A federal judge rejected a motion by Theranos founder Elizabeth Holmes for a new trial following her conviction for fraud, according to a decision seen Tuesday by AFP.
Holmes, who was convicted in January of defrauding investors in her blood-testing startup, had argued that a new trial was warranted after a prosecution witness, Adam Rosendorff, came to Holmes’s residence to express regret.
Attorneys for Holmes argued that Rosendorff’s remarks showed the Justice Department had “cherry-picked” from testimony “to make things seem worse than they were,” according to a legal brief arguing for a new trial.
But US District Judge Edward Davila, who oversaw Holmes’s 15-week trial following the demise of Theranos, cited the “vagueness” of Rosendorff’s statements in rejecting the request.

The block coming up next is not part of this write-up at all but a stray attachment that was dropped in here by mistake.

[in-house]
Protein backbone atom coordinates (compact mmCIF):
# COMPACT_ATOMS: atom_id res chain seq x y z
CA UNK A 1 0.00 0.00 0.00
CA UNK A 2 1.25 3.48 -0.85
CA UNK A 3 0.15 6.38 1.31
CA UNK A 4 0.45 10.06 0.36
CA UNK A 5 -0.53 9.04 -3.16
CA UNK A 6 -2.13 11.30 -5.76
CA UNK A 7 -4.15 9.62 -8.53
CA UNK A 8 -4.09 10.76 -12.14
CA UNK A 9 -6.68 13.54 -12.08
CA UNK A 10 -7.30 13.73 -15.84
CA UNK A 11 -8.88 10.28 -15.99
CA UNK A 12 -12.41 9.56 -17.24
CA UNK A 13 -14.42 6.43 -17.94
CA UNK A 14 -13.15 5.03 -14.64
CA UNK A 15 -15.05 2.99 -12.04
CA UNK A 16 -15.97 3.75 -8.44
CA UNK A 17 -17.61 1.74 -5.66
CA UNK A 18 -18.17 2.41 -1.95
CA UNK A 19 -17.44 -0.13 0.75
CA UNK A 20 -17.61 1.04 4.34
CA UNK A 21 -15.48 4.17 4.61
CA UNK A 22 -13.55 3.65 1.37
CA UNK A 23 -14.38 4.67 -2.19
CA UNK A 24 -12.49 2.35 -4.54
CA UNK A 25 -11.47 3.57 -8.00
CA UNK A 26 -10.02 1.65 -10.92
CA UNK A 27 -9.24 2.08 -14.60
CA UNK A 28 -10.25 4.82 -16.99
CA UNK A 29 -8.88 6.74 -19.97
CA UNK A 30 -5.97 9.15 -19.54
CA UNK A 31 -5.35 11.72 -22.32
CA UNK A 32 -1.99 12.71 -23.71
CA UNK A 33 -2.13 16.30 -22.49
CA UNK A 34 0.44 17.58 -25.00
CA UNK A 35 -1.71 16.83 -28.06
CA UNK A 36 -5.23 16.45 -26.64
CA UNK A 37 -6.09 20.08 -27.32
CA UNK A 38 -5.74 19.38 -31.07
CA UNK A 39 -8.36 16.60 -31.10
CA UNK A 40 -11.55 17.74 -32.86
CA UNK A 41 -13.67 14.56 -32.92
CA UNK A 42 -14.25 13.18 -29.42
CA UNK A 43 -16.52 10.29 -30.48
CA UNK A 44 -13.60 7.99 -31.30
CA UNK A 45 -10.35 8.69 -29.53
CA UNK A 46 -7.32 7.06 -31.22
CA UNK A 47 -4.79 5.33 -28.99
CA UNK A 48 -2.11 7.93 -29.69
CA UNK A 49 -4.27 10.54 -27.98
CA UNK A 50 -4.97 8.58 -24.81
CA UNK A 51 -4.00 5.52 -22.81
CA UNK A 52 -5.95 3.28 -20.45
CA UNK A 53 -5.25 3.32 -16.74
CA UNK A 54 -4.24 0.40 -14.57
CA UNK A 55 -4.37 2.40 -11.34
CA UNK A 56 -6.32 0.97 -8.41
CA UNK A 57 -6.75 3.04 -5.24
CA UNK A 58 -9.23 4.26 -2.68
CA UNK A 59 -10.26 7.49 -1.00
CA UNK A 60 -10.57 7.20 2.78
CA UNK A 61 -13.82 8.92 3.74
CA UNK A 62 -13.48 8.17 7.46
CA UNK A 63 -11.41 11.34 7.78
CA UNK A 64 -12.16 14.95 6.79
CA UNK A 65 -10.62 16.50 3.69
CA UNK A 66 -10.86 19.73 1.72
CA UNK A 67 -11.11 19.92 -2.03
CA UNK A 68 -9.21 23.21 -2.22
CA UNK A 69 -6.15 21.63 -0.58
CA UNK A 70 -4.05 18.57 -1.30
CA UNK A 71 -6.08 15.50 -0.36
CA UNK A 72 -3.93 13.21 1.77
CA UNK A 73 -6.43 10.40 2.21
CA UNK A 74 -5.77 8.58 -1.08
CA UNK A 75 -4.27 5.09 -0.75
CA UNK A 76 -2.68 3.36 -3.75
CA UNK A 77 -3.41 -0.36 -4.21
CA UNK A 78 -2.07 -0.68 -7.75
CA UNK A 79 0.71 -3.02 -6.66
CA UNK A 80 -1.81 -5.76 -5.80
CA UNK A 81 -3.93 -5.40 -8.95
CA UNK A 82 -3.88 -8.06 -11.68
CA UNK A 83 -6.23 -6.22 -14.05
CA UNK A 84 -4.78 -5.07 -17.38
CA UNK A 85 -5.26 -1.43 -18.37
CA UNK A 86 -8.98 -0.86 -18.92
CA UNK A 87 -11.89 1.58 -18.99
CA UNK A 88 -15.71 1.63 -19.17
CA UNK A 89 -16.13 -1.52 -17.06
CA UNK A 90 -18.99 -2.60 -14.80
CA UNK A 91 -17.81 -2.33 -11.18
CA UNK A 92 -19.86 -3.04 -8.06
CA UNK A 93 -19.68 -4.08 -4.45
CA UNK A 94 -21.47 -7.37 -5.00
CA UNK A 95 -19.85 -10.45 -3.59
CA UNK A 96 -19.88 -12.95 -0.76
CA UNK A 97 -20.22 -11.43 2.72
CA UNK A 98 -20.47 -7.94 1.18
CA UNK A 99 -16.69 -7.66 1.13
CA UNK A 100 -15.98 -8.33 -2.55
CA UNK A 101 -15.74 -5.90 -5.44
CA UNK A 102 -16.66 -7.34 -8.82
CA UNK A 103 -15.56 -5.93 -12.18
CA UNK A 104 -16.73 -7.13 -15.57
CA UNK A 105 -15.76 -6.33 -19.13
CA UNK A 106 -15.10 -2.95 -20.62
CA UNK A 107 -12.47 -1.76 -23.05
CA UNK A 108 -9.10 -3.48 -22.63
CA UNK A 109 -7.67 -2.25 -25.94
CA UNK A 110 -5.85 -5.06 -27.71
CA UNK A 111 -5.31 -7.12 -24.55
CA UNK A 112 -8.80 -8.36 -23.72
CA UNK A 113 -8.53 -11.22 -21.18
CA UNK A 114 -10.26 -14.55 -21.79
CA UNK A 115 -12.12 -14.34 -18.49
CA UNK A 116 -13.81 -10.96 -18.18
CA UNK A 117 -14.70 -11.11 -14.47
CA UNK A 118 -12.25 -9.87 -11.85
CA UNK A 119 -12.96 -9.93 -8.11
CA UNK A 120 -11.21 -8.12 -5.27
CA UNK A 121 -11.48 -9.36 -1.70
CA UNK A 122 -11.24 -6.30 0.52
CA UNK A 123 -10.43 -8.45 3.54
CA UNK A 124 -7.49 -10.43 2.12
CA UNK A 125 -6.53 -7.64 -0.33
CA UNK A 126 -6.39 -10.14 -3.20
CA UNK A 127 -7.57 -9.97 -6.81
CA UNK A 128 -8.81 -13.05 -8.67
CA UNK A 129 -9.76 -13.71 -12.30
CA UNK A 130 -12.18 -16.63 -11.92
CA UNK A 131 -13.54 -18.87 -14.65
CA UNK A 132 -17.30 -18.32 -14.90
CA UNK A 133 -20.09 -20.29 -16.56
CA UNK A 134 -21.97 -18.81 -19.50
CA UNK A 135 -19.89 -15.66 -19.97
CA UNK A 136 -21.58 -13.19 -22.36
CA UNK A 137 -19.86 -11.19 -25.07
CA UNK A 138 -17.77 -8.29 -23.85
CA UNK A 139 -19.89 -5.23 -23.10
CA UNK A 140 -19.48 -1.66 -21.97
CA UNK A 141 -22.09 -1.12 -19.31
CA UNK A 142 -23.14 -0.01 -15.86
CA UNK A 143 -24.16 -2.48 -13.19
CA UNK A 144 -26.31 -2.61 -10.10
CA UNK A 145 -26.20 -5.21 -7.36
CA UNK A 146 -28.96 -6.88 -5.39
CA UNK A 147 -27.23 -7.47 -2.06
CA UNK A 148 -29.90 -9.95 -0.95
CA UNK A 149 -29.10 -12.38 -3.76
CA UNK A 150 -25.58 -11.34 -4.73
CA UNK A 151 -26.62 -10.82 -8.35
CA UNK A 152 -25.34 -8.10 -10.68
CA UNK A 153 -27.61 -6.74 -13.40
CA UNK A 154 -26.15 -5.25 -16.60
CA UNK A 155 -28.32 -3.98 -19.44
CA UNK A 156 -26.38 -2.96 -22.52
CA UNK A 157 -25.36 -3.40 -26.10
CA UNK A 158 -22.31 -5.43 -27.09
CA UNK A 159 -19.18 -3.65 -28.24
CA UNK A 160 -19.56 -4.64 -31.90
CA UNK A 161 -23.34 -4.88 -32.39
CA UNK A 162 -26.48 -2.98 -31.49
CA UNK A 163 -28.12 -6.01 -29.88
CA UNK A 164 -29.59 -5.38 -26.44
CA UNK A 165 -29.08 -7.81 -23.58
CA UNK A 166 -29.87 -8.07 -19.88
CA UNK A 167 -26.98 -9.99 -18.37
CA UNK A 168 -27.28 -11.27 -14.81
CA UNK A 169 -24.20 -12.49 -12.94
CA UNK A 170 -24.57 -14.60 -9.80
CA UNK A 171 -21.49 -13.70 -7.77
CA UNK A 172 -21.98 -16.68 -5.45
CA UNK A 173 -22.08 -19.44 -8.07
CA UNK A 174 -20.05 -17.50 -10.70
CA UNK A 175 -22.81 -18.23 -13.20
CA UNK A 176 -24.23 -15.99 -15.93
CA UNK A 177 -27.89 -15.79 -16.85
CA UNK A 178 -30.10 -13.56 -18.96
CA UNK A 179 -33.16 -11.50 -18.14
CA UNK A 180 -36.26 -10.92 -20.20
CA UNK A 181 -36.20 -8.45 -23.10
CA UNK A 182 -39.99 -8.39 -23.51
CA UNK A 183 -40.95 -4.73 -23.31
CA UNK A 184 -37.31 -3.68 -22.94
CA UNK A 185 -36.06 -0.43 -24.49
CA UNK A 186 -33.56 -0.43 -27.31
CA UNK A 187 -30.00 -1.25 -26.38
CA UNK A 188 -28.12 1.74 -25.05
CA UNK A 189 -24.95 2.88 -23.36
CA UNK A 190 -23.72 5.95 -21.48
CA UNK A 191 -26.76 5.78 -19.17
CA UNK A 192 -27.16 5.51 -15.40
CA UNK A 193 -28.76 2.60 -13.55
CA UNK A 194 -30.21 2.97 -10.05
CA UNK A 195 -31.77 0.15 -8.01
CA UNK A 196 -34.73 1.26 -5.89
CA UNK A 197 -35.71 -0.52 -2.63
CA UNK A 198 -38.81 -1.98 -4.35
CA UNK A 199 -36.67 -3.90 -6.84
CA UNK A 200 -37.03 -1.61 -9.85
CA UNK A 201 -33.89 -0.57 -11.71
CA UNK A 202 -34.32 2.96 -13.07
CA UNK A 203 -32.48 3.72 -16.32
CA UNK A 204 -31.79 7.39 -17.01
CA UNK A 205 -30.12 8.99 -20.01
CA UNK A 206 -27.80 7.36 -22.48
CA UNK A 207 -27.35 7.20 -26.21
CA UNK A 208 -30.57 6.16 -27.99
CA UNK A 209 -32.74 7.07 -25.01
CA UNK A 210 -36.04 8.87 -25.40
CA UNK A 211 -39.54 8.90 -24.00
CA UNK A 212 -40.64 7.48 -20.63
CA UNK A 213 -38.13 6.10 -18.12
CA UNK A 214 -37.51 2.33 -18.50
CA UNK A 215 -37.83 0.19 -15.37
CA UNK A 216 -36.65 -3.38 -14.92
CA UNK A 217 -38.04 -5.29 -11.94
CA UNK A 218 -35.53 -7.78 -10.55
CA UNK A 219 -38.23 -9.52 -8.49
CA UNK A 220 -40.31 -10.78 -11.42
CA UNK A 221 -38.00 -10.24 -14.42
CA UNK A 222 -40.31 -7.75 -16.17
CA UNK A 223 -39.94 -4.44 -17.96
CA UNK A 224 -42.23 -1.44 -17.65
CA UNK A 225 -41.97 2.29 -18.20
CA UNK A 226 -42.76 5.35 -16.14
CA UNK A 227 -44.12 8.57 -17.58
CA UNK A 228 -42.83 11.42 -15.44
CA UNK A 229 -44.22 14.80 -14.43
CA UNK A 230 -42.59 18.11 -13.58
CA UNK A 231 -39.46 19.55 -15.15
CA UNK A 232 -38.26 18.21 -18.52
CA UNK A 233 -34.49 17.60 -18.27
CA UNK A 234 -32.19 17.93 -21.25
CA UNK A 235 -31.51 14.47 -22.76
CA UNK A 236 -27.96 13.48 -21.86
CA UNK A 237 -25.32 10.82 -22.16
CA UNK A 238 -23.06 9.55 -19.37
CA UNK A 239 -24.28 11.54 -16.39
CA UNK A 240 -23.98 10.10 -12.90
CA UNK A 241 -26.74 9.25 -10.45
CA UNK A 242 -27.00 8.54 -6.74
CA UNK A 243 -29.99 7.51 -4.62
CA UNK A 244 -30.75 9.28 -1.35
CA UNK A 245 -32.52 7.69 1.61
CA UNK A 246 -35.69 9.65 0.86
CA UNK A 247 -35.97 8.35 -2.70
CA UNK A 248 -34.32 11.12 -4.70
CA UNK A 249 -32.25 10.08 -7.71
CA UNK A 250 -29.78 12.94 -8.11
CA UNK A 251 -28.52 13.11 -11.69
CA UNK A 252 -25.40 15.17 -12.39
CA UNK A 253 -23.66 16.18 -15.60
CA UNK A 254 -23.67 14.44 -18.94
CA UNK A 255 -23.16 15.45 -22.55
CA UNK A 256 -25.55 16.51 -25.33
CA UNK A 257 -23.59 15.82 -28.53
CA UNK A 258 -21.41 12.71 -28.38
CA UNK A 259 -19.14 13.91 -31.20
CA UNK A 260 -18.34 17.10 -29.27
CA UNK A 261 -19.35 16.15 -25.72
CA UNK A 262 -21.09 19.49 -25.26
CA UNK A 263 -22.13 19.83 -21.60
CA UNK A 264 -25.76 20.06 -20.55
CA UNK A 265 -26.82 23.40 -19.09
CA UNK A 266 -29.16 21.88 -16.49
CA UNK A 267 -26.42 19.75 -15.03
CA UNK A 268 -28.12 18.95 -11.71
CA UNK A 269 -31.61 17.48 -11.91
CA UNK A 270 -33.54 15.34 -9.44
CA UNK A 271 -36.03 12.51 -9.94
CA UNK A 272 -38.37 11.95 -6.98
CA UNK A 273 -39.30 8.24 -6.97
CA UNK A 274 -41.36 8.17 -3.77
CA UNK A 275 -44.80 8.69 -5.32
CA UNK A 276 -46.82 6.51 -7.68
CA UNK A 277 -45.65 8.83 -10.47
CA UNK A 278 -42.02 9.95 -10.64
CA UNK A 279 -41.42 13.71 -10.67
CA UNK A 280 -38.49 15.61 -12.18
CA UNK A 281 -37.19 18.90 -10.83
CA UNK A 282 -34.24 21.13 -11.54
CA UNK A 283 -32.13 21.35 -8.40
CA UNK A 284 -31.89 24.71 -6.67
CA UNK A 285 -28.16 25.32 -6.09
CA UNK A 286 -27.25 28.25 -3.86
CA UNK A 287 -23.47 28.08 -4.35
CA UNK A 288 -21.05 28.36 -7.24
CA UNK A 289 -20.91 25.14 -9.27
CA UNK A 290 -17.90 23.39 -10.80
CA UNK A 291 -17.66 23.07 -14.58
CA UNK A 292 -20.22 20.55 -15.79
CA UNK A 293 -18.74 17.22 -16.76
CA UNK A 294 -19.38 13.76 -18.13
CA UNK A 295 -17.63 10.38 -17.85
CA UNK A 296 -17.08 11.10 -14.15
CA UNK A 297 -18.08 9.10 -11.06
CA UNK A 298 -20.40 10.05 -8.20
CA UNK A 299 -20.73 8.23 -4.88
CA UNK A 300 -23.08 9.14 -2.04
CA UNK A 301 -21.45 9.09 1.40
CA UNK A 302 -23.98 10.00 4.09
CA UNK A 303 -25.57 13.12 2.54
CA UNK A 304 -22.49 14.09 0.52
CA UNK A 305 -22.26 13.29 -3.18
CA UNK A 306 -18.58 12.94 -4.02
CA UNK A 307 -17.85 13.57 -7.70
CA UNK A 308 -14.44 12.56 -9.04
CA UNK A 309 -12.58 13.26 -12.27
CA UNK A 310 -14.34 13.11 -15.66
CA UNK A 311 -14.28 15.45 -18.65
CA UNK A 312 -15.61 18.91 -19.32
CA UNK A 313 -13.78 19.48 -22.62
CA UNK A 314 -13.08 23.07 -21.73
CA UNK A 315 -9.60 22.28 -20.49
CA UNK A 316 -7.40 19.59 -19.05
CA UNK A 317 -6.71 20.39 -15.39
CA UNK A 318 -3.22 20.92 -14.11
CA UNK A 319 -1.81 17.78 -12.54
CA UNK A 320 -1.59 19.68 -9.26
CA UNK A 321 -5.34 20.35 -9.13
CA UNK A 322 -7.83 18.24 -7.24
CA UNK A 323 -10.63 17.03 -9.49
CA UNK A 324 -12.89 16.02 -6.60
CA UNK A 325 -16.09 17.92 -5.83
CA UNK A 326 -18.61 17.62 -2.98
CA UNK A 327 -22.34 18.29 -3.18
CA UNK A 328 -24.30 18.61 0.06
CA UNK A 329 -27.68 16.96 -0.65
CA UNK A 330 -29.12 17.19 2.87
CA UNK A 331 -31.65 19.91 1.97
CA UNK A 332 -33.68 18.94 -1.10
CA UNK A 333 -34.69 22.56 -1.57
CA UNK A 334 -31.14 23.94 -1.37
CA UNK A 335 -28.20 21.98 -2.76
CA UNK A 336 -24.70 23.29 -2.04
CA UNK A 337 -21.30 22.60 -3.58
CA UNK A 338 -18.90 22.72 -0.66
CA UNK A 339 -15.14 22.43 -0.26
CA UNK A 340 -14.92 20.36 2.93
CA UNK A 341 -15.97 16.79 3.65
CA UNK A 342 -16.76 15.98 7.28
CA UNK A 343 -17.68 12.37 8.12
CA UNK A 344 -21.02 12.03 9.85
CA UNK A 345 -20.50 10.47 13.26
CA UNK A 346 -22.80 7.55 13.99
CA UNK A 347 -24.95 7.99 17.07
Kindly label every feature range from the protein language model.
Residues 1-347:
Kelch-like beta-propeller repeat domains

At an October hearing on the request for a new trial, Rosendorff “testified that he did not believe the government was making things sound worse than they were at trial,” Davila wrote in his decision.
“The court finds Dr. Rosendorff’s statements under oath to be credible, which would declaw most, if not all, of the negative implications the Defendant would attribute to them.”
Davila also rejected other arguments made by Holmes’s legal team, which centered on statements made at the fraud trial by Ramesh “Sunny” Balwani, Holmes’s former aide and ex-boyfriend, and on assertions the government had suppressed evidence.
Holmes had vowed to revolutionize health diagnostics with self-service machines that could run an array of tests on just a few drops of blood, a vision that drew high-profile backers and made her a billionaire on paper by the age of 30.
But the company collapsed following Wall Street Journal reporting that revealed the machines did not work as promised.
A California jury found Holmes guilty of four counts of tricking investors, raising the possibility she could service decades behind bars.
Homes is scheduled to be sentenced November 18.